Being in sync with the animal world led Gossiaux to create what she called “super-beings” in an interview with Platform. One such example is her 2021 sculpture True Love Will Find You in the End: comprising two figures holding hands, one figure has London’s body and Gossiaux’s head; on the other, the body parts are reversed. “I morphed our bodies together as a self-portrait,” she says. “When I had this idea, I had just read Beasts of Burden: Animal and Disability Liberation [2017], by Sunaura Taylor. It felt like [it encompassed] everything I had been thinking about with my relationship to London, with the animal world more generally and with nature.”

What really stood out to you in the book?

“The chapter that has stuck with me most is about circus performers at the beginning of the twentieth century. The performers had disabled or disfigured bodies with physicalities similar to animals – like seal arms or chicken feathers, or skin that looked like an alligator’s. Instead of feeling exploited, the performers embraced their identities and loved being on display; it was a joyous experience. That’s interesting to me, because when I walk around with London, she becomes part of my identity as well. It’s like, ‘When Emilie shows up, you can expect London will be at the party too.’ But I don’t think about myself or my relationship with London as ‘I’m dependent on the dog’, or ‘the dog is leading me’. That I’m wholly dependent on the dog for getting around is a misconception that people have about a guide dog and a handler’s working relationship with each other, and this misconception takes away my sense of agency.

“So, I started to think, ‘Is this how people see me?’ And at the same time I started to really appreciate Sunaura talking about how, when she was younger, she would pretend to be a dog and bark at strangers; how she always wanted to be an animal, and that we are all animals fundamentally. After I read that book, I started to think about other aspects of my identity that I share with animals.”

The following year, Gossiaux created Alligatorgirl (2022), a series of drawings and sculptures merging human figures with alligators. Did Sunaura’s book also inspire your Alligatorgirl works?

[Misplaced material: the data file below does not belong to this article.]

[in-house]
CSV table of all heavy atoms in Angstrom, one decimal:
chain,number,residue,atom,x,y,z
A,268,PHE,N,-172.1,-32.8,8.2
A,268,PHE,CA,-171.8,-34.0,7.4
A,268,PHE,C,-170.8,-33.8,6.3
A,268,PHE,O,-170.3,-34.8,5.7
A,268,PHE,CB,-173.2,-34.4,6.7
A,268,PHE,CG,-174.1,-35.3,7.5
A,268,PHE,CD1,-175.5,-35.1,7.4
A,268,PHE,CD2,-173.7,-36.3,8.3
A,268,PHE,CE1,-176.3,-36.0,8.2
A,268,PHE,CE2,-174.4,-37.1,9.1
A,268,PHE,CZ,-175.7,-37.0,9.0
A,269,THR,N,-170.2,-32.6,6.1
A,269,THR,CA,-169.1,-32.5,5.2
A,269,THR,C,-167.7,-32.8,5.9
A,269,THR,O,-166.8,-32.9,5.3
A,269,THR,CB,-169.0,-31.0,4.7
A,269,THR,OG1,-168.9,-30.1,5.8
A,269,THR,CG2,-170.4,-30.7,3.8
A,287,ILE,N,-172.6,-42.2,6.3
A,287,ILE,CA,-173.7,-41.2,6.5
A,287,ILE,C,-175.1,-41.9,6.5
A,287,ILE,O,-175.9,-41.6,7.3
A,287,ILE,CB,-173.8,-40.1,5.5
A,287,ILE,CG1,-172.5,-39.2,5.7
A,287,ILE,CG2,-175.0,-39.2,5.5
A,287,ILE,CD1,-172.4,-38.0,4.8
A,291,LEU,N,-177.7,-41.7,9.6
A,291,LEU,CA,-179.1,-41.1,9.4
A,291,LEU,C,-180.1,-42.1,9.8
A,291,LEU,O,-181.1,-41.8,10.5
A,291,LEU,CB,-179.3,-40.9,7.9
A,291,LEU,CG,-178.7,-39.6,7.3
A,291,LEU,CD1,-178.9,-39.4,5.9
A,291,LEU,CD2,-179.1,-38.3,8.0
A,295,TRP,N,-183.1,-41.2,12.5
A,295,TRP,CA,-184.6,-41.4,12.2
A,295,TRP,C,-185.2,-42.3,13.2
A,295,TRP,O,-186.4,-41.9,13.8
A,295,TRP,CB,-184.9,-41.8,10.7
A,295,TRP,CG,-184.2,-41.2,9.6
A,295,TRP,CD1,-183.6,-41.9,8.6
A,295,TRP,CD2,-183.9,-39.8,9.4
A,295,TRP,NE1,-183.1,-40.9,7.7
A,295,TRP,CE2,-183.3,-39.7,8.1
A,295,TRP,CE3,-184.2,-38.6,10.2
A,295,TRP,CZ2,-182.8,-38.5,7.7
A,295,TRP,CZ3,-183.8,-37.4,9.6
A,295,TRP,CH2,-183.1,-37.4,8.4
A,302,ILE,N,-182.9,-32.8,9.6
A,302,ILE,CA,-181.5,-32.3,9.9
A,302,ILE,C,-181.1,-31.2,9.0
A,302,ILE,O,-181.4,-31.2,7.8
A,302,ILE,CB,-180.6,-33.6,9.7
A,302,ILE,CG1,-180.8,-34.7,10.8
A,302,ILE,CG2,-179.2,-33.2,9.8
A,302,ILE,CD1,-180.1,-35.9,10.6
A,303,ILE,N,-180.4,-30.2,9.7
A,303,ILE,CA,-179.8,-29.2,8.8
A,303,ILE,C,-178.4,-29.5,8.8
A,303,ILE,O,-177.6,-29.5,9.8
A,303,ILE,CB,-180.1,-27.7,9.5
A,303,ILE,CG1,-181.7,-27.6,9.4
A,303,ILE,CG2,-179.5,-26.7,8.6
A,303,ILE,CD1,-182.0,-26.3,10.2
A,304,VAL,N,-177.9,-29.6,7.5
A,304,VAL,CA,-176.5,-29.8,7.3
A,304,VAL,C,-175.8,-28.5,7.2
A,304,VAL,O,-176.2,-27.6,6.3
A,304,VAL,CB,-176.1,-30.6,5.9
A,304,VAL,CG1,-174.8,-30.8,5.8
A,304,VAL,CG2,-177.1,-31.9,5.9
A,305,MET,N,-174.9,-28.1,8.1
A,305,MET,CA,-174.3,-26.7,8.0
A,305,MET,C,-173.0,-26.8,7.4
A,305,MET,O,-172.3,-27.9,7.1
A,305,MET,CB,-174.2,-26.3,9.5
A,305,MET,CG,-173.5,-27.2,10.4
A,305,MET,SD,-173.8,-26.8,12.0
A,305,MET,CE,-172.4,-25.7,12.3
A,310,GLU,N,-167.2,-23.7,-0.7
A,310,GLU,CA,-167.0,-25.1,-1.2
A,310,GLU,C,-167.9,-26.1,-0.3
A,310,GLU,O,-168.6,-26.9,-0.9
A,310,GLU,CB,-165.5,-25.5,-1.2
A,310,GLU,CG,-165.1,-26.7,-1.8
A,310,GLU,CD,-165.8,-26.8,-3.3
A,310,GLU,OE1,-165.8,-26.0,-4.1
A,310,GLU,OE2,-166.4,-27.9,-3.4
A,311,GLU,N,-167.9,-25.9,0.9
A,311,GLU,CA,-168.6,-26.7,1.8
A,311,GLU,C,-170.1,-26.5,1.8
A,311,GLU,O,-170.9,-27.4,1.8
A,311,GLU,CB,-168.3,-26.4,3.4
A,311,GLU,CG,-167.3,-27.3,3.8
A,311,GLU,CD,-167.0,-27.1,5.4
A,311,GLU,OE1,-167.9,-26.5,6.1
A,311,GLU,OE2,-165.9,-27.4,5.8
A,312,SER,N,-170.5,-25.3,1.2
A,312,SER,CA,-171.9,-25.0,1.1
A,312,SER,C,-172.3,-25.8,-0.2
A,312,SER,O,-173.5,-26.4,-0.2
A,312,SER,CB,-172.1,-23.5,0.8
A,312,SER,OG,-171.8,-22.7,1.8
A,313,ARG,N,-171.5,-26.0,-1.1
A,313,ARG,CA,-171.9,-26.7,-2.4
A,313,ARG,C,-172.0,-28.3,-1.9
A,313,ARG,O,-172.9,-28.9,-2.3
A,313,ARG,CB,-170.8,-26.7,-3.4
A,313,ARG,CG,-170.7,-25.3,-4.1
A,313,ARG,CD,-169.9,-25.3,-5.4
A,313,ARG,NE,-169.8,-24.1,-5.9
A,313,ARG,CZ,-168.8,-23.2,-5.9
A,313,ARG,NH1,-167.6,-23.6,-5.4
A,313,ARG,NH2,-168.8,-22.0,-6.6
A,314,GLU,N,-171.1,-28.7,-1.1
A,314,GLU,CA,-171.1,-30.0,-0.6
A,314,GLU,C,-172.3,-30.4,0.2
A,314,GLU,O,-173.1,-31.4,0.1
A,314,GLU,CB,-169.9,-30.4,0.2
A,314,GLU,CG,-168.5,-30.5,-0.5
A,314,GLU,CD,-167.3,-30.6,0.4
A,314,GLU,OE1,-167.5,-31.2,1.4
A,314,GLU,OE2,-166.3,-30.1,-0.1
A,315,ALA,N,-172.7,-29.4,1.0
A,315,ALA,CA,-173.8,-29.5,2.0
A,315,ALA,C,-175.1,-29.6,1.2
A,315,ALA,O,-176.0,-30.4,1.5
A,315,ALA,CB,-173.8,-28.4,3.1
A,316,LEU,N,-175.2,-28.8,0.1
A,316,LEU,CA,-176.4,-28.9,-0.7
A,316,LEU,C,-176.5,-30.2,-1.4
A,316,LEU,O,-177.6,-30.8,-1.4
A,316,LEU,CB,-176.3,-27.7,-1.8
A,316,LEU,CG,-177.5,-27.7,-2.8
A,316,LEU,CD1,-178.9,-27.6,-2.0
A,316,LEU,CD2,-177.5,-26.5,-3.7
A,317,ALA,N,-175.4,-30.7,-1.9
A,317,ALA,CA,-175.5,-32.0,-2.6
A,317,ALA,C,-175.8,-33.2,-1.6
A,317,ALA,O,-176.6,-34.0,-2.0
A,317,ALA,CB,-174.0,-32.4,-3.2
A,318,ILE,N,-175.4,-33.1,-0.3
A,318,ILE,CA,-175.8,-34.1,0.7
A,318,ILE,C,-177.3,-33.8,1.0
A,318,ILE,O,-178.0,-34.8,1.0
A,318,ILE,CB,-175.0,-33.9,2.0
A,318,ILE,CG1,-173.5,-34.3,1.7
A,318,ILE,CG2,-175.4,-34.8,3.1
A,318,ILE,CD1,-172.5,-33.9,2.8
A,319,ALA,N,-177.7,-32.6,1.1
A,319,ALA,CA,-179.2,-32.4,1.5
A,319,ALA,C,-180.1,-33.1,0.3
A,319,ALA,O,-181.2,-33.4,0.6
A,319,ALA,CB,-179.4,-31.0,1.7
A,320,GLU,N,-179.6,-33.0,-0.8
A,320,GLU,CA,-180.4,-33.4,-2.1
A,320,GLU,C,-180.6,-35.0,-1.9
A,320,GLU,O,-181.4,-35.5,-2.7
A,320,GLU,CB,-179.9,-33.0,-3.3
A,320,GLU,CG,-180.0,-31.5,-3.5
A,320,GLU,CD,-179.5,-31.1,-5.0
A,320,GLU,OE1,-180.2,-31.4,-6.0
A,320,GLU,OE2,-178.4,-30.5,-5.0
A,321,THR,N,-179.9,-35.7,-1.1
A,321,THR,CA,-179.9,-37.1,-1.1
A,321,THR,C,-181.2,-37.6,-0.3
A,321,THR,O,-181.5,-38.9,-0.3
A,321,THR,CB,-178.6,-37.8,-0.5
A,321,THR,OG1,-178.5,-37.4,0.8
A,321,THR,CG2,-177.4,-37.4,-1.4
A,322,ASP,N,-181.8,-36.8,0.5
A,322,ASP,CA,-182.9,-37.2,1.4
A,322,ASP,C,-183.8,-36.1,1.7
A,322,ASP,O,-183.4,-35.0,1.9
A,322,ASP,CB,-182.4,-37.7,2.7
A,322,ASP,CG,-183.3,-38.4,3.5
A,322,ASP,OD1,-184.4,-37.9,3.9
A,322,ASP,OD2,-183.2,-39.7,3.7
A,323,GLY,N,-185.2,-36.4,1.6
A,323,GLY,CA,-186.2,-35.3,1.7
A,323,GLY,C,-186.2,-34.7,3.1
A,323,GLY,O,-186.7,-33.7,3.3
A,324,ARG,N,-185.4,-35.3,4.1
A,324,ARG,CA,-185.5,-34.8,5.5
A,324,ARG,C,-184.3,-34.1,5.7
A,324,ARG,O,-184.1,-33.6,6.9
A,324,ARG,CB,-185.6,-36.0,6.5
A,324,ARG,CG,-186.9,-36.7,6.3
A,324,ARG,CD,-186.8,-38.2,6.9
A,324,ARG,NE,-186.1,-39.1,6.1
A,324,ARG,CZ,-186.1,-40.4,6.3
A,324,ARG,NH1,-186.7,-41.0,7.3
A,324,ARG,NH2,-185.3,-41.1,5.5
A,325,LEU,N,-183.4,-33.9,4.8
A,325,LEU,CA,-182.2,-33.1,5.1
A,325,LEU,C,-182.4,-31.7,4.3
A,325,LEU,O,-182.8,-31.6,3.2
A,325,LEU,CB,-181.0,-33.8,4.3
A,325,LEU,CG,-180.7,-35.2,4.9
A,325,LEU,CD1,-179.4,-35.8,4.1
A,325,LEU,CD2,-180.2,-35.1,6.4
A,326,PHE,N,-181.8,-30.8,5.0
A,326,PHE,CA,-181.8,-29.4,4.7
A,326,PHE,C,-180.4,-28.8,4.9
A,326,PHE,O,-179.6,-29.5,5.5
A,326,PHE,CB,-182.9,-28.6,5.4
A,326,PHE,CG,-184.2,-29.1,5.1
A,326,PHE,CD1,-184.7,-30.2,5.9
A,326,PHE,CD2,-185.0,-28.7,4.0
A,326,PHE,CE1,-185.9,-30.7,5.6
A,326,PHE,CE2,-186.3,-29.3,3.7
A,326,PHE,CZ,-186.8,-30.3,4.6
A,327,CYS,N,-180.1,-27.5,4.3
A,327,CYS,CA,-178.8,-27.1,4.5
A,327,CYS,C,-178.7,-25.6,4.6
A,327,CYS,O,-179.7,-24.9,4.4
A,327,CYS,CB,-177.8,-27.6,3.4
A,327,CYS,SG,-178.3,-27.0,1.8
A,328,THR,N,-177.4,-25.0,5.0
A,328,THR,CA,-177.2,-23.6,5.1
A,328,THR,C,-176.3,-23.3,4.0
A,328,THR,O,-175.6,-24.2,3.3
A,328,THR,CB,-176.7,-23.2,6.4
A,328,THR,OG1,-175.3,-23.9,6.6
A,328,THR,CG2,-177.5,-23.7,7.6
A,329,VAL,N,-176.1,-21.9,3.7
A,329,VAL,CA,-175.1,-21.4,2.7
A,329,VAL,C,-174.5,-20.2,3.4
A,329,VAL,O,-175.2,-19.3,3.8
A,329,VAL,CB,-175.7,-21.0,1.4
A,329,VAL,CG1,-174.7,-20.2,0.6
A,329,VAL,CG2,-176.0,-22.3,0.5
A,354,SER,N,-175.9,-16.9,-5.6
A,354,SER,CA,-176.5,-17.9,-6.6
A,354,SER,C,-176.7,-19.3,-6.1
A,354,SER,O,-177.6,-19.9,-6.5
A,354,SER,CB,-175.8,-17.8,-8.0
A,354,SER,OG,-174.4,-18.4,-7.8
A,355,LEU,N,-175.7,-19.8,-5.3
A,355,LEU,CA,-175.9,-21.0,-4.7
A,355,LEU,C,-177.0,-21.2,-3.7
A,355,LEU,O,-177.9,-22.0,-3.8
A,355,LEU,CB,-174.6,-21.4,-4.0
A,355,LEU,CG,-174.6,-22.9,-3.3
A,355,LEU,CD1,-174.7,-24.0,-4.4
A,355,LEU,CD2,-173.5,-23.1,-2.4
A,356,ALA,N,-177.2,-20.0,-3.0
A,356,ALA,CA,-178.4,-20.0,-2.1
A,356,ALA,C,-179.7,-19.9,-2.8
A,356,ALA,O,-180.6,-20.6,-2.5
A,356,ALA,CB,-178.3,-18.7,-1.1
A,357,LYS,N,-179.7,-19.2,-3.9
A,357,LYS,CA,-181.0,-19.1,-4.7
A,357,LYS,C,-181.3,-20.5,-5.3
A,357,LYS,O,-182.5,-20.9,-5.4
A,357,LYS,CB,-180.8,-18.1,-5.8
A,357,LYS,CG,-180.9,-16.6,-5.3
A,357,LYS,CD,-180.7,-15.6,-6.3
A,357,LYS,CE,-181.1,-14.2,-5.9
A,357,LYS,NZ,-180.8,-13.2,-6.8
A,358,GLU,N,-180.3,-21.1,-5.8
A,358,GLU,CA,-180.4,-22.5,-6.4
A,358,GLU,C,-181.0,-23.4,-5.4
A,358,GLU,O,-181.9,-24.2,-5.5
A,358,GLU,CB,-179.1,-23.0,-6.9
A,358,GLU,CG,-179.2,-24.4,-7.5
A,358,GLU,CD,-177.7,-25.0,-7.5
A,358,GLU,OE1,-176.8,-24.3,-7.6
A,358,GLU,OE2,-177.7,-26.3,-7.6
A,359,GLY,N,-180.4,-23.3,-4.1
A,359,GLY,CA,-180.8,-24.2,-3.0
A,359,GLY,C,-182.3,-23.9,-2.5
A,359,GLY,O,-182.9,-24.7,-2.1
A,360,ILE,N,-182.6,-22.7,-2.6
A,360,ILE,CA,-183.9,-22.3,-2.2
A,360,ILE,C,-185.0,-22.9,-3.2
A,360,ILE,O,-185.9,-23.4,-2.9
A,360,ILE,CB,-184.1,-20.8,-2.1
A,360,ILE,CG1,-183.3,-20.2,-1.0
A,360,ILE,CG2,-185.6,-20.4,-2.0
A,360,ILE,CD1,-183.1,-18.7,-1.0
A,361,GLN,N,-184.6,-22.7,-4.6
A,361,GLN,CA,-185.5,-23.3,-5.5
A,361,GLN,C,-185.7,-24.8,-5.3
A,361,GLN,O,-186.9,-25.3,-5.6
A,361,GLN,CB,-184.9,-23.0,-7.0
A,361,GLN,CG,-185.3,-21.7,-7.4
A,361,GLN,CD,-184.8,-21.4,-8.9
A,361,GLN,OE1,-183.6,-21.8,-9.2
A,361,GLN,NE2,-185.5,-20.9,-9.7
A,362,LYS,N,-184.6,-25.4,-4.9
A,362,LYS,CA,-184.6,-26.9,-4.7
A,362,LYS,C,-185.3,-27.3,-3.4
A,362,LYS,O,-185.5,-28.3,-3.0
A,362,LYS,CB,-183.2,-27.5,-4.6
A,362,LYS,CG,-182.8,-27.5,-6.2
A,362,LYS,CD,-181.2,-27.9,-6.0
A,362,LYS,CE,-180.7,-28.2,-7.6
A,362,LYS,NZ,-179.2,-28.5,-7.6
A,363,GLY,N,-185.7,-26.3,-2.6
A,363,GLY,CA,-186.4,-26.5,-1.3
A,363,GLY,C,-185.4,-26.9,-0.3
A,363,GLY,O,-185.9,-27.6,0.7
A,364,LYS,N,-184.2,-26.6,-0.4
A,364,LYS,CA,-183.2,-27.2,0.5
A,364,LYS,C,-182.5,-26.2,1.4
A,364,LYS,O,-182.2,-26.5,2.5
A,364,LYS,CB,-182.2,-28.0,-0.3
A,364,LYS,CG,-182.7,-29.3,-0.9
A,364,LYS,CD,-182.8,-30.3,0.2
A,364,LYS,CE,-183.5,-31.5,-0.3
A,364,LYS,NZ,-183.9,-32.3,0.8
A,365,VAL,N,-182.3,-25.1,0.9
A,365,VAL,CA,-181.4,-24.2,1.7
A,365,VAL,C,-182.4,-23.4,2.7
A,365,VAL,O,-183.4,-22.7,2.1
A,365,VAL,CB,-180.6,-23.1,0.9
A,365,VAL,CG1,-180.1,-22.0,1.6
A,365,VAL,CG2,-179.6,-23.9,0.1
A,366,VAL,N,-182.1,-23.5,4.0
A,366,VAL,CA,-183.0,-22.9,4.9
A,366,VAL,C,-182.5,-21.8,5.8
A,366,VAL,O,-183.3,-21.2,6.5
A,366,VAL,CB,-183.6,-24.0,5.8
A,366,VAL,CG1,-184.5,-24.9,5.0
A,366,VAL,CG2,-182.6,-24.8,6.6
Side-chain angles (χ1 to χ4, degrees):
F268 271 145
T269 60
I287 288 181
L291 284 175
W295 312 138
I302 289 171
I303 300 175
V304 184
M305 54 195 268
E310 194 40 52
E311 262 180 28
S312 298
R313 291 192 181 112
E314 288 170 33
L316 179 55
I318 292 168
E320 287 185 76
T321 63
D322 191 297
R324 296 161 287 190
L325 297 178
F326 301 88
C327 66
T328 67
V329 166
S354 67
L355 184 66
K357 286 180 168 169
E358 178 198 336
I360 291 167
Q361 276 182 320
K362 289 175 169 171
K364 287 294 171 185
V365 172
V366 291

“Yes, but that character came from a lot of different things. I’m from New Orleans, and across the street from my house was a canal where I often saw alligators. I loved going there and getting really close to the water to look at the turtles and alligators. The alligator then gained new significance after Hurricane Ida in 2021, when I read articles about alligators moving freely around the suburbs because there was so much water. There was one really big alligator and officials found the remains of a man inside it.

“At the same time, I was also thinking about climate change and the ways humans have continuously destroyed natural habitats through deforestation and building homes and cities around forests, swamps and wetlands. For better or for worse – obviously for worse – the alligators are becoming closer to human environments. I’ve read other stories where people are completely ignorant of that, and they interact with alligators in dumb ways. It’s like, ‘It’s your fault you got eaten by an alligator.’

So, my sculpture Alligatorgirl has a human face inside an alligator’s mouth and it’s like, ‘Did she eat the human? Or are the human and the alligator becoming a single being?’ It’s dark, but that’s my sense of humour.”

Alligatorgirl, 2022 (installation view, Significant Otherness, 2022, Mother Gallery, Beacon, NY). Courtesy the artist
True Love Will Find You in the End, 2021 (installation view, Sharing the Same Breath, 2023, John Michael Kohler Art Center, Sheboygan, WI). Courtesy the artist

A Tactile Process